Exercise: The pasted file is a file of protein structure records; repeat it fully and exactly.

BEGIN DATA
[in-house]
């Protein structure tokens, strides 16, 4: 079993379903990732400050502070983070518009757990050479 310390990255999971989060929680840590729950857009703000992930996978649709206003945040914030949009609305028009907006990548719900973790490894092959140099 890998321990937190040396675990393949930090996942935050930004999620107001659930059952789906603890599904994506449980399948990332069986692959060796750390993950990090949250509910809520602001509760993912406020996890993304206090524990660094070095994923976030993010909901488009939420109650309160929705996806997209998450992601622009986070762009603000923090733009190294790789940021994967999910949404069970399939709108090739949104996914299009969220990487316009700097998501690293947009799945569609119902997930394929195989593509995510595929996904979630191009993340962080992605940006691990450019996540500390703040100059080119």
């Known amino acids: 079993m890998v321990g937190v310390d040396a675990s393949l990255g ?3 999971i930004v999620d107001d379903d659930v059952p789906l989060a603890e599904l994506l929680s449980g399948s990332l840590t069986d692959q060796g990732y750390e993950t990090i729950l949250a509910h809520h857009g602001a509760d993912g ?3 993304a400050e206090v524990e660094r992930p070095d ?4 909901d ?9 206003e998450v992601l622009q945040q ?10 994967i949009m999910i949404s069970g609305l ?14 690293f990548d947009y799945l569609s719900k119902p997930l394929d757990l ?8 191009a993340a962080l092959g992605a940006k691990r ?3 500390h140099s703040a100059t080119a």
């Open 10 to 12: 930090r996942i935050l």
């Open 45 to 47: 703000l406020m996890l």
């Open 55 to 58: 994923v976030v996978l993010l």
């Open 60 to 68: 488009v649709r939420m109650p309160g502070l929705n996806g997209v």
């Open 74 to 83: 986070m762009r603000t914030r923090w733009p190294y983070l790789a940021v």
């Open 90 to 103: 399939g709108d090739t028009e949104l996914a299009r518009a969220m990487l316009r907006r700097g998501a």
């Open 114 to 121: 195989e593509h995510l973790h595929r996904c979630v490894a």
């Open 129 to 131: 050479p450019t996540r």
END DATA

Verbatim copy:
[in-house]
């Protein structure tokens, strides 16, 4: 079993379903990732400050502070983070518009757990050479 310390990255999971989060929680840590729950857009703000992930996978649709206003945040914030949009609305028009907006990548719900973790490894092959140099 890998321990937190040396675990393949930090996942935050930004999620107001659930059952789906603890599904994506449980399948990332069986692959060796750390993950990090949250509910809520602001509760993912406020996890993304206090524990660094070095994923976030993010909901488009939420109650309160929705996806997209998450992601622009986070762009603000923090733009190294790789940021994967999910949404069970399939709108090739949104996914299009969220990487316009700097998501690293947009799945569609119902997930394929195989593509995510595929996904979630191009993340962080992605940006691990450019996540500390703040100059080119």
């Known amino acids: 079993m890998v321990g937190v310390d040396a675990s393949l990255g ?3 999971i930004v999620d107001d379903d659930v059952p789906l989060a603890e599904l994506l929680s449980g399948s990332l840590t069986d692959q060796g990732y750390e993950t990090i729950l949250a509910h809520h857009g602001a509760d993912g ?3 993304a400050e206090v524990e660094r992930p070095d ?4 909901d ?9 206003e998450v992601l622009q945040q ?10 994967i949009m999910i949404s069970g609305l ?14 690293f990548d947009y799945l569609s719900k119902p997930l394929d757990l ?8 191009a993340a962080l092959g992605a940006k691990r ?3 500390h140099s703040a100059t080119a």
């Open 10 to 12: 930090r996942i935050l």
């Open 45 to 47: 703000l406020m996890l």
């Open 55 to 58: 994923v976030v996978l993010l």
């Open 60 to 68: 488009v649709r939420m109650p309160g502070l929705n996806g997209v």
């Open 74 to 83: 986070m762009r603000t914030r923090w733009p190294y983070l790789a940021v």
């Open 90 to 103: 399939g709108d090739t028009e949104l996914a299009r518009a969220m990487l316009r907006r700097g998501a």
């Open 114 to 121: 195989e593509h995510l973790h595929r996904c979630v490894a």
């Open 129 to 131: 050479p450019t996540r």